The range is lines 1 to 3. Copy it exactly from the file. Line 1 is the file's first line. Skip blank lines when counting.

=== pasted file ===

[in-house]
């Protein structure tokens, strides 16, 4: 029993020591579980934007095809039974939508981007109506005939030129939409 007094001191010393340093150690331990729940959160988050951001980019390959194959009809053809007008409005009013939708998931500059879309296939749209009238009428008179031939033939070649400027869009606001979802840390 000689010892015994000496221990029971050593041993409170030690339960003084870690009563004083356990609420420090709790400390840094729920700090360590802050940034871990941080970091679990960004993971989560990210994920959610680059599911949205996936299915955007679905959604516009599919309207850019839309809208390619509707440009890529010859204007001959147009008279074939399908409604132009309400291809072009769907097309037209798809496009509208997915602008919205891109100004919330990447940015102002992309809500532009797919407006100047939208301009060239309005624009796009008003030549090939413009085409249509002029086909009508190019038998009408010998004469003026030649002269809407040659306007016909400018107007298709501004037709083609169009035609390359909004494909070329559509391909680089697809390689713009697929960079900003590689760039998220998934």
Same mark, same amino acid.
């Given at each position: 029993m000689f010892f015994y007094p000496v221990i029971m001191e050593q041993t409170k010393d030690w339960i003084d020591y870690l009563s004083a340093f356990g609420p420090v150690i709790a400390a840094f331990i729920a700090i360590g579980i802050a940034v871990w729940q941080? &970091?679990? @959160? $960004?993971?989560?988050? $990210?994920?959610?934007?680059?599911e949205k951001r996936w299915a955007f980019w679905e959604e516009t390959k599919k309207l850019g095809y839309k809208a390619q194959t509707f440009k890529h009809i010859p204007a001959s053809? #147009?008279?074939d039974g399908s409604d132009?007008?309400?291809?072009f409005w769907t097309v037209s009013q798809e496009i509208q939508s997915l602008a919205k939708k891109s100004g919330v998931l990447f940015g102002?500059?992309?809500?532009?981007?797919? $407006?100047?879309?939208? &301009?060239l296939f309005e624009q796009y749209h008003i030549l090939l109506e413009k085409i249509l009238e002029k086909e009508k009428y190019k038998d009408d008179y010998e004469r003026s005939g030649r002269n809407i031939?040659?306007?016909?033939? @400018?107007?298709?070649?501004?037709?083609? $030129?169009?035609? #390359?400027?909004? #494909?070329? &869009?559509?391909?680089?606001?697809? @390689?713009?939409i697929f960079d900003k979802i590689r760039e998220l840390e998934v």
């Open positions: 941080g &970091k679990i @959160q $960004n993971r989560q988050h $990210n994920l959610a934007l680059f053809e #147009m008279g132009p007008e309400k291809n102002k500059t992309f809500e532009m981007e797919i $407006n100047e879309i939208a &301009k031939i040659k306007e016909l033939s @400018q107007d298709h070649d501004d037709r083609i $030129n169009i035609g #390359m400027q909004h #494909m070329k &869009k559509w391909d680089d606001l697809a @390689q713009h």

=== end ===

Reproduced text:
[in-house]
């Protein structure tokens, strides 16, 4: 029993020591579980934007095809039974939508981007109506005939030129939409 007094001191010393340093150690331990729940959160988050951001980019390959194959009809053809007008409005009013939708998931500059879309296939749209009238009428008179031939033939070649400027869009606001979802840390 000689010892015994000496221990029971050593041993409170030690339960003084870690009563004083356990609420420090709790400390840094729920700090360590802050940034871990941080970091679990960004993971989560990210994920959610680059599911949205996936299915955007679905959604516009599919309207850019839309809208390619509707440009890529010859204007001959147009008279074939399908409604132009309400291809072009769907097309037209798809496009509208997915602008919205891109100004919330990447940015102002992309809500532009797919407006100047939208301009060239309005624009796009008003030549090939413009085409249509002029086909009508190019038998009408010998004469003026030649002269809407040659306007016909400018107007298709501004037709083609169009035609390359909004494909070329559509391909680089697809390689713009697929960079900003590689760039998220998934």
Same mark, same amino acid.